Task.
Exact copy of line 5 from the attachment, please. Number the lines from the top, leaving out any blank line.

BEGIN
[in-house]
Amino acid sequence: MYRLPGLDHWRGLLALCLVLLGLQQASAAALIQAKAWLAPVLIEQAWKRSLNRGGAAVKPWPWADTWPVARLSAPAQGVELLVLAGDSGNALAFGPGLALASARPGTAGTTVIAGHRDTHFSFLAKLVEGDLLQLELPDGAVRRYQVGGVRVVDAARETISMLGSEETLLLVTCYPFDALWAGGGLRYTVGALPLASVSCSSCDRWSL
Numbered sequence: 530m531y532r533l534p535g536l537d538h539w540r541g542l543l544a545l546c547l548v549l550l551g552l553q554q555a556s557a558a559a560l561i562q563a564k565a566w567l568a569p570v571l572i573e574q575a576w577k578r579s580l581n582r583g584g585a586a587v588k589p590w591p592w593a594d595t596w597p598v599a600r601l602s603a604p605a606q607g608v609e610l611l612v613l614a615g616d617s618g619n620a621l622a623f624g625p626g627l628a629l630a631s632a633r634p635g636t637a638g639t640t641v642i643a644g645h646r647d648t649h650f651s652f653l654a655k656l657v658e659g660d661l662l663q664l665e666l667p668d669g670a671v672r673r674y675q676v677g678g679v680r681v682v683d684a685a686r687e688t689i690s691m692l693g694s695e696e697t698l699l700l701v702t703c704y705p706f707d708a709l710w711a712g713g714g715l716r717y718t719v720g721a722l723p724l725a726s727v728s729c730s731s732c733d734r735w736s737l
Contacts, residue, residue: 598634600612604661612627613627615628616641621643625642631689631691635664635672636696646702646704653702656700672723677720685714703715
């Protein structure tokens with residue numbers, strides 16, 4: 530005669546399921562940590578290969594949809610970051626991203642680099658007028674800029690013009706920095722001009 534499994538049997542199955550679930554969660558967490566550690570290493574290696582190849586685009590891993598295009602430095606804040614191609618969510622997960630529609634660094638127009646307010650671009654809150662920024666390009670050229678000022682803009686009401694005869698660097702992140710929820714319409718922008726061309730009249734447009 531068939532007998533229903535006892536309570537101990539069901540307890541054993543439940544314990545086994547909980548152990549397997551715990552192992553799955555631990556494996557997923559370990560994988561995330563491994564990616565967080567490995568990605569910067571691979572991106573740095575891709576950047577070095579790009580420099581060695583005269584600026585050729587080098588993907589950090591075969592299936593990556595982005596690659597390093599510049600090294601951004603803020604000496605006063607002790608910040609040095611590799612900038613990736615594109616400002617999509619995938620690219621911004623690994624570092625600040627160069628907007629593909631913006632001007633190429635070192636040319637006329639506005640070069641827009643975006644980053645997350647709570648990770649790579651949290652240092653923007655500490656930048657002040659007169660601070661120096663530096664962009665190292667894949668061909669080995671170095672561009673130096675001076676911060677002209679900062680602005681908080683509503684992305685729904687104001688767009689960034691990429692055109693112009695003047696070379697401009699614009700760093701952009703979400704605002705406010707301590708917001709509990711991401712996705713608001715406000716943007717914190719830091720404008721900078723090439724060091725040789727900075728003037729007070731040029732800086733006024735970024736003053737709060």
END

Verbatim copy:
């Protein structure tokens with residue numbers, strides 16, 4: 530005669546399921562940590578290969594949809610970051626991203642680099658007028674800029690013009706920095722001009 534499994538049997542199955550679930554969660558967490566550690570290493574290696582190849586685009590891993598295009602430095606804040614191609618969510622997960630529609634660094638127009646307010650671009654809150662920024666390009670050229678000022682803009686009401694005869698660097702992140710929820714319409718922008726061309730009249734447009 531068939532007998533229903535006892536309570537101990539069901540307890541054993543439940544314990545086994547909980548152990549397997551715990552192992553799955555631990556494996557997923559370990560994988561995330563491994564990616565967080567490995568990605569910067571691979572991106573740095575891709576950047577070095579790009580420099581060695583005269584600026585050729587080098588993907589950090591075969592299936593990556595982005596690659597390093599510049600090294601951004603803020604000496605006063607002790608910040609040095611590799612900038613990736615594109616400002617999509619995938620690219621911004623690994624570092625600040627160069628907007629593909631913006632001007633190429635070192636040319637006329639506005640070069641827009643975006644980053645997350647709570648990770649790579651949290652240092653923007655500490656930048657002040659007169660601070661120096663530096664962009665190292667894949668061909669080995671170095672561009673130096675001076676911060677002209679900062680602005681908080683509503684992305685729904687104001688767009689960034691990429692055109693112009695003047696070379697401009699614009700760093701952009703979400704605002705406010707301590708917001709509990711991401712996705713608001715406000716943007717914190719830091720404008721900078723090439724060091725040789727900075728003037729007070731040029732800086733006024735970024736003053737709060």